...every step I took in faith betrayed me and led me from my home...
Religion had never done anything for Hawkeye Pierce. At ten, he'd watched his mother die. She'd faded slowly, strength ebbing like a wilting flower, but with a serene smile that never left her face. Hawkeye had never understood that smile. And the man who was supposed to protect him from these things, the man Hawkeye had once, in childish awe, though of as God, had proven to be just as helpless and afraid as the very young boy Hawkeye had once been but never was again.
If he'd thought about it, long and hard and deep, Hawkeye might have connected the loss of his trust in God with the loss of trust in his father, but Hawkeye didn't like to think much about that. After all, in time, he'd grown to realize that humans make mistakes, and can be forgiven for them. Humans aren't perfect. But neither was God. And that, to Hawkeye Pierce, had always been unforgivable.
And now to be here, in this place. This hell. What part could any merciful God play in this endless parade of bleeding innocents, ripped, like him, from home and family? Every day Hawkeye spends in Korea is a mistake for which God will forever bear the blame. Who could possibly wake up here and think otherwise?
...i hope i won't
disapoint you when i'm down here on my knees...
It's common knowledge that the life of a priest is one dedicated to God. Many forget the subsequent required obligation to God's children, but this oft-overlooked fact had never been far from Francis Mulcahy's mind. As a student, he'd had visions of himself as some sort of super priest, able to hear confessions, comfort the downtrodden, forgive the guilt-ridden, and still have time for dinner with the orphans. In wasn't conceit; merely a zeal for his calling, and a deep understanding of the unmeasured importance of the human soul. In his mind, he saw himself as useful. Helpful. Needed.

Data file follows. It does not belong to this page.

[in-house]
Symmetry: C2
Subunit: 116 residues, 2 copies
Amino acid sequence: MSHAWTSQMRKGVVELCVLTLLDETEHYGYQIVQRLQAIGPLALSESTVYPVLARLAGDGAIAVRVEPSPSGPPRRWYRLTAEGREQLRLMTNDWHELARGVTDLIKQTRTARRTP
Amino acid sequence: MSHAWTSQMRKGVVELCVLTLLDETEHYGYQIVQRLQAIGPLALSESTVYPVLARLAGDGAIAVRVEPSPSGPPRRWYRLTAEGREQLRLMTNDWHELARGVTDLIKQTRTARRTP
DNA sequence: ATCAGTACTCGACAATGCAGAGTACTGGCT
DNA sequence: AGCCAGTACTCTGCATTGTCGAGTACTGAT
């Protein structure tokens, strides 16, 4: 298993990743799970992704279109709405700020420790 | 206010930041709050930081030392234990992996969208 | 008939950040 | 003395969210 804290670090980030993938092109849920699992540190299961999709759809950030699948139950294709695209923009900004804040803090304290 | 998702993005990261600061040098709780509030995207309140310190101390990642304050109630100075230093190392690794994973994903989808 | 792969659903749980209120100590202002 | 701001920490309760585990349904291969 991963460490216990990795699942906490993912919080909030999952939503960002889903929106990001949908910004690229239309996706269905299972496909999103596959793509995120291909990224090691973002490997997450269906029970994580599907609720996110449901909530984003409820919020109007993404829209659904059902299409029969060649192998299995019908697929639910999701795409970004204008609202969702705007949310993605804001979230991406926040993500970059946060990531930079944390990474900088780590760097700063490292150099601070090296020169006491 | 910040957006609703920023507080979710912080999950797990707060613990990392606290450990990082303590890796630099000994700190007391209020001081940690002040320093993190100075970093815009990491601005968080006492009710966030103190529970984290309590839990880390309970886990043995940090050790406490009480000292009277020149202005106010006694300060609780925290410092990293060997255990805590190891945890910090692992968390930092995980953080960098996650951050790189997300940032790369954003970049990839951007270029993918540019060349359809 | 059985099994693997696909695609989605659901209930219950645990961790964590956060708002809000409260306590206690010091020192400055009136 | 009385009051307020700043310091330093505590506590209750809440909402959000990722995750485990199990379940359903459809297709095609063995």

changed here. As each long month of his position as an army chaplain
had faded into the next, Mulcahy's perspective had been forcibly
skewed beyond all recognition. Still in his head were those shining
visions of the importance of his work, but they were only daydreams.
He'd heard many a weary nurse or wounded soldier refer to this place
a bad dream, a terrible nightmare, but to Father Mulcahy, it is the
worst kind of reality: Neither doctor nor nurse nor even soldier,
Mulcahy is faced constantly with his own sheer helplessness. True, he
still hears confessions, visits the orphans once a week, but so many
of his days are spent hovering in the background like a timid
vulture, purple stole draped over shoulders, the Last Rites waiting,
dry as ashes, on his tongue.
Mulcahy wades through the ugliness of life in a war zone alongside every other man and woman in the 4077th, but he feels now that he walks alone. At night, in his tent, when the confessions are heard and absolution given, when the last penitent has walked away with a lighter heart, Father Mulcahy lies in his bed and drowns in his own humanity. In the darkness, there is only God to wipe away his tears, only God to hear his prayers -- and God isn't known for talking back, or even for giving very straight answers.
Who will confess the confessor?